35. 35. The apparatus of claim 34, wherein the access point comprises an eNodeB and the at least one other access point comprises at least one other eNodeB.
  36. 36. The apparatus of claim 34, wherein the selection of the identifier comprises:
    receiving a list of physical cell identifiers;
    removing, from the list, at least one of the group consisting of: a physical cell identifier reported by a user equipment, a physical cell identifier reported by a neighbor eNodeB, and a physical cell identifier received over-the-air using a downlink receiver; and
    selecting a physical cell identifier for a cell associated with the access point from the list after the removal.
  37. 37. The apparatus of claim 36, wherein the selection of the physical cell identifier comprises randomly selecting a physical cell identifier from the list after the removal.
  38. 38. The apparatus of claim 33, wherein the selection of the identifier comprises selecting an identifier that is not used by the at least one other access point.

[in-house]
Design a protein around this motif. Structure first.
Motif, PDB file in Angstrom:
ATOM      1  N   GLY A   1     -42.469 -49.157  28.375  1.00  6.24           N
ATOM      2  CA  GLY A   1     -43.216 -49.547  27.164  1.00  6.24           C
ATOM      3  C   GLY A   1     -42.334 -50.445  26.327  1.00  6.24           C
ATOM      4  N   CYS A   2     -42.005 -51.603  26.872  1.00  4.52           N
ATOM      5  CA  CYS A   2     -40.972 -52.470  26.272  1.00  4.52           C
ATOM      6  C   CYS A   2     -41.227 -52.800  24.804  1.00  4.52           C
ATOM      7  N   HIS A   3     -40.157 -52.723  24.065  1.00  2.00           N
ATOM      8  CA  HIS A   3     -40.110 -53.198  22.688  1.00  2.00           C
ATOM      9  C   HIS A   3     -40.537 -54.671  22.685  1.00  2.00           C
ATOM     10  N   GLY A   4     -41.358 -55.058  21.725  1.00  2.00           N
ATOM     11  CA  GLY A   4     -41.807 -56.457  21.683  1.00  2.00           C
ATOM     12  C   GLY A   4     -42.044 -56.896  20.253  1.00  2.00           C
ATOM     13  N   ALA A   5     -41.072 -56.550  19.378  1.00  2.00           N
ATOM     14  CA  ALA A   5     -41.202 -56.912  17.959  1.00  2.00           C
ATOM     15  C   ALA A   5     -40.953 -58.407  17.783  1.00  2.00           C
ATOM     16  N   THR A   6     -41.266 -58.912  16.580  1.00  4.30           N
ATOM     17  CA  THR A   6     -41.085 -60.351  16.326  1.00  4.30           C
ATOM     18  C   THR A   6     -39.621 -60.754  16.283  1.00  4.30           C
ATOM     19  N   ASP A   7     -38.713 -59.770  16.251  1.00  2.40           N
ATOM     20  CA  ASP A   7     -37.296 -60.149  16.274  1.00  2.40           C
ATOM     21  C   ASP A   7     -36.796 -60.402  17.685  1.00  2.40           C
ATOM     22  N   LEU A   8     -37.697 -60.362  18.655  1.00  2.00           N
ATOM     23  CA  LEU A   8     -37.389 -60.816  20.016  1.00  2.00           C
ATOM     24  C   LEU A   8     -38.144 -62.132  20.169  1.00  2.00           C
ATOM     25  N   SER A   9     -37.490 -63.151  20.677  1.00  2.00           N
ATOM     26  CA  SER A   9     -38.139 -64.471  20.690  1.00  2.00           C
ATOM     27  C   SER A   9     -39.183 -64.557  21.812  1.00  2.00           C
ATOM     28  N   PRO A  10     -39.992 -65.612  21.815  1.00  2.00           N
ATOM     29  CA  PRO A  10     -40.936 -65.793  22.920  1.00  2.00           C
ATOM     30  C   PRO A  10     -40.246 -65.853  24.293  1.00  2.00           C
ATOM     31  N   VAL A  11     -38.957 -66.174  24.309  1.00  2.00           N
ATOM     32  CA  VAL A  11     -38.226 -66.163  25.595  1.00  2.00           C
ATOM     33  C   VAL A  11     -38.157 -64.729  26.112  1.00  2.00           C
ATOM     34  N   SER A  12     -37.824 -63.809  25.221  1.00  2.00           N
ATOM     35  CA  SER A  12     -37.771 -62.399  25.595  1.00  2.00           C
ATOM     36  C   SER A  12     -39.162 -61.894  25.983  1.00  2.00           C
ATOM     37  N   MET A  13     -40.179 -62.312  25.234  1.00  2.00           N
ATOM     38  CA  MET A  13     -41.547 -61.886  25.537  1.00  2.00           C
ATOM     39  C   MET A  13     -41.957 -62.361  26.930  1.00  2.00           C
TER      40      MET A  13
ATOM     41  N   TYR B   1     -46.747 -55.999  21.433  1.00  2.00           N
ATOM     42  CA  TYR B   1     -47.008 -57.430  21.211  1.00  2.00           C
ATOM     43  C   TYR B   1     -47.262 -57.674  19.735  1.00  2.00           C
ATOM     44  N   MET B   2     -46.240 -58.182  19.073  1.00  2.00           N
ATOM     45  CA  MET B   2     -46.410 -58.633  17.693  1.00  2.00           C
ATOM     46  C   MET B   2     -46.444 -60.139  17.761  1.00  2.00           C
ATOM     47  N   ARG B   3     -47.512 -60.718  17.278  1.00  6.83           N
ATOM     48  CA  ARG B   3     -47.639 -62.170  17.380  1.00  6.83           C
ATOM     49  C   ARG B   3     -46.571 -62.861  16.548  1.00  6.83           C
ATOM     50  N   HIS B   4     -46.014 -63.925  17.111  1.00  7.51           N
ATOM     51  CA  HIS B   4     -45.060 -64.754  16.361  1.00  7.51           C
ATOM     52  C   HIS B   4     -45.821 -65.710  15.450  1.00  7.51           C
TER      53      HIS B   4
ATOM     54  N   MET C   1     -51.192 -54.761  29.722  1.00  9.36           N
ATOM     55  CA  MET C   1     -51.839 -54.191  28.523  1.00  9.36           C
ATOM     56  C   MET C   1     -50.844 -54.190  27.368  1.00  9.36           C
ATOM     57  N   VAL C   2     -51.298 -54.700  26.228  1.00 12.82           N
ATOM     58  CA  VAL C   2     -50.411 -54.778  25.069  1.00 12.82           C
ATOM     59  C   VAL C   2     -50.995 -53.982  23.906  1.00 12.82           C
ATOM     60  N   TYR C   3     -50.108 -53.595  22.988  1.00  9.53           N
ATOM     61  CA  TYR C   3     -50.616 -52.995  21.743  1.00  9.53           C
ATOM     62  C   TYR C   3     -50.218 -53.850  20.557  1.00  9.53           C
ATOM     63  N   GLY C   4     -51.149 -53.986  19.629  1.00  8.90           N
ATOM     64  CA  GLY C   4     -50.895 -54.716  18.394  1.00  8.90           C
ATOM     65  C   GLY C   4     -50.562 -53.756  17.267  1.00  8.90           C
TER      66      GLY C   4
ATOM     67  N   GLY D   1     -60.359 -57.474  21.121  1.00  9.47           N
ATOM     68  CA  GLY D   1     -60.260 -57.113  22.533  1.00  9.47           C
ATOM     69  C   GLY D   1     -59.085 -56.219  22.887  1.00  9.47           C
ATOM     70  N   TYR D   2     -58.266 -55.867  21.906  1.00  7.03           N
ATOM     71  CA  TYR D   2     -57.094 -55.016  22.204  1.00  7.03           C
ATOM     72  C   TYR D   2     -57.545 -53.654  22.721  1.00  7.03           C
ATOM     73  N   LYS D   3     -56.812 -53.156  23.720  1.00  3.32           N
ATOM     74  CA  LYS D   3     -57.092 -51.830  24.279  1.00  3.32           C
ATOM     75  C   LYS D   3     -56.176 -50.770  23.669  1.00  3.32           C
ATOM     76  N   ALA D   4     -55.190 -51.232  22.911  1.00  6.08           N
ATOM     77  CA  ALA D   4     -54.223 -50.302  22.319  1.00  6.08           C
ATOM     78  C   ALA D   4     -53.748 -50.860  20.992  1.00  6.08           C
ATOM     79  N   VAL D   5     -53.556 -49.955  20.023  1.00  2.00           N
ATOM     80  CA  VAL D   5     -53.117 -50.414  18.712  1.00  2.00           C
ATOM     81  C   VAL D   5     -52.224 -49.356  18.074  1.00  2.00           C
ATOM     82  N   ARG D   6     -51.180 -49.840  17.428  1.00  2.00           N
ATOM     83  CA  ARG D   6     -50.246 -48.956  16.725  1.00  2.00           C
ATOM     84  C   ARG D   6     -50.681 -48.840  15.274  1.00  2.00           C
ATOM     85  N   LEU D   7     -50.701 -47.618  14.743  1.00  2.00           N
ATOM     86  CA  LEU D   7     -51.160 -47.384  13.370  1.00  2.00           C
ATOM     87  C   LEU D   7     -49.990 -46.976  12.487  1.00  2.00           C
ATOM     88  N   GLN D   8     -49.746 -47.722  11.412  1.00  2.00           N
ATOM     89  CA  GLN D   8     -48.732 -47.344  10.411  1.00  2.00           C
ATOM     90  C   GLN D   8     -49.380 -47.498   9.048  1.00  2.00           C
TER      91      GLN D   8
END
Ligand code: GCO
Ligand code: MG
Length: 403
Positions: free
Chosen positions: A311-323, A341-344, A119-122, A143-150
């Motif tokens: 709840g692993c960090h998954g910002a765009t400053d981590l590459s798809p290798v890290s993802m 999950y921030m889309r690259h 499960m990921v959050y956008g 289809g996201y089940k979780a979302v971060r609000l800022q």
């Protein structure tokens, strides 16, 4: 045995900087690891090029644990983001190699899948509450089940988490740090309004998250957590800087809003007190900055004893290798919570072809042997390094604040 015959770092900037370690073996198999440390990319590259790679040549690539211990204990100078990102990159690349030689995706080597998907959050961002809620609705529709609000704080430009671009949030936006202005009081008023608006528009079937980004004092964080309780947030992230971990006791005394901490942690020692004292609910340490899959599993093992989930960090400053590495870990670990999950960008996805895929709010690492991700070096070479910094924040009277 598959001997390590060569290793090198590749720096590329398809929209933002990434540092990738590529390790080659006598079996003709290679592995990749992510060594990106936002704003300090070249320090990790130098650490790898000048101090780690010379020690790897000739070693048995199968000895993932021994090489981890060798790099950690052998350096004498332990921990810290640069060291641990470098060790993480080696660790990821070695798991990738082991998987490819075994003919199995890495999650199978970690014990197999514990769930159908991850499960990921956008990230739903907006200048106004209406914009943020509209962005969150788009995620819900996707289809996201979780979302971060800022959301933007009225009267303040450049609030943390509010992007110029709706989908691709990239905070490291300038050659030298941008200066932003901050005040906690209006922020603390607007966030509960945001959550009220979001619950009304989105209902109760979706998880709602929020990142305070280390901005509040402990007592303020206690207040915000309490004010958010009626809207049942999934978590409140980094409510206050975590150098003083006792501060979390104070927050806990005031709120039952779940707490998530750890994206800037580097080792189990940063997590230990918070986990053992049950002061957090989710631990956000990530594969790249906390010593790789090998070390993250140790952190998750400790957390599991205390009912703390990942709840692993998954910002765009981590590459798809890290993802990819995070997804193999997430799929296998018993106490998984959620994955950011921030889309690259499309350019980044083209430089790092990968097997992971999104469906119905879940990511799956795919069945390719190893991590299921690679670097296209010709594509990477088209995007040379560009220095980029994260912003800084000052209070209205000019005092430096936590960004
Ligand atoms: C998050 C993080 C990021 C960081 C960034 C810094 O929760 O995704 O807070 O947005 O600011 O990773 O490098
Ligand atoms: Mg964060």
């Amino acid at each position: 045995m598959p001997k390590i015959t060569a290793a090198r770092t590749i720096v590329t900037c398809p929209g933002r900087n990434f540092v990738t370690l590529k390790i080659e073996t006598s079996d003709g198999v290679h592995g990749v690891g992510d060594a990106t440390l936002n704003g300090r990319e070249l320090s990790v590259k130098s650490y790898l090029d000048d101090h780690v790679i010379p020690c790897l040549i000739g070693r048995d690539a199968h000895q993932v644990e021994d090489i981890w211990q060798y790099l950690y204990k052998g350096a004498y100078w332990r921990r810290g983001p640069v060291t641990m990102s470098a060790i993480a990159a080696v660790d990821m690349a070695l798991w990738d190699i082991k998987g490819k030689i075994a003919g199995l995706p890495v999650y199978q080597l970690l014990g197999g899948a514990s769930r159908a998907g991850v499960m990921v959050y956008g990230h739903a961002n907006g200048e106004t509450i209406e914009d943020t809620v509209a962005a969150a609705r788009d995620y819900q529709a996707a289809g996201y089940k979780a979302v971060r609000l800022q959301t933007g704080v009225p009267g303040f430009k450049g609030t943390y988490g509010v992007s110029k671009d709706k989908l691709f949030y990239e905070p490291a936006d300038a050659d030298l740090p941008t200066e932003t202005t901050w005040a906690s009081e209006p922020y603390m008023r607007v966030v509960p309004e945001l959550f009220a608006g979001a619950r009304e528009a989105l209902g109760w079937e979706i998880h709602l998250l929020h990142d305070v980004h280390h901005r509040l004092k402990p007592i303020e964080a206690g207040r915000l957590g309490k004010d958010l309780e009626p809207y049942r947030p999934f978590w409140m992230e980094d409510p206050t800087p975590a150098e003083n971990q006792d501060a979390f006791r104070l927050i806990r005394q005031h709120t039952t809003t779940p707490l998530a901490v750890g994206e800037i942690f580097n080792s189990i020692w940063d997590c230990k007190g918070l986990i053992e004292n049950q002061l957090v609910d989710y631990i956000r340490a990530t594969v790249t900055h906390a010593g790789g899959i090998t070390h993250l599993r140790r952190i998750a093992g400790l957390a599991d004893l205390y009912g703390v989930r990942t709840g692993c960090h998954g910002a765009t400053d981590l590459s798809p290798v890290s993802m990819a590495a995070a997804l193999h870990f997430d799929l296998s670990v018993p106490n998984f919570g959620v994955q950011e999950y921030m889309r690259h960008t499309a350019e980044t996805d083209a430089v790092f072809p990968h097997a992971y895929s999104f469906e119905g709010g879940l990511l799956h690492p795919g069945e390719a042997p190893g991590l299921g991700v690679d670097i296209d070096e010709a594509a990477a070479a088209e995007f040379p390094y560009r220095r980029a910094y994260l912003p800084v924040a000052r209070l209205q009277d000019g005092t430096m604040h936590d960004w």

39. 39. The apparatus of claim 33, wherein the selection of the identifier comprises selecting the identifier from a list of identifiers.
  40. 40. The apparatus of claim 39, wherein the list comprises a subset of a set of identifiers.
  41. 41. The apparatus of claim 39, wherein the selection of the identifier further comprises selecting the identifier in a random manner from the list.
  42. 42. The apparatus of claim 39, wherein the list is associated with at least one specified type of access point.
  43. 43. The apparatus of claim 42, wherein the at least one specified type relates to at least one of the group consisting of: access point transmit power; access point mobility; and whether the access point is restricted to not provide, for at least one node, at least one of: signaling, data access, registration, paging, or service.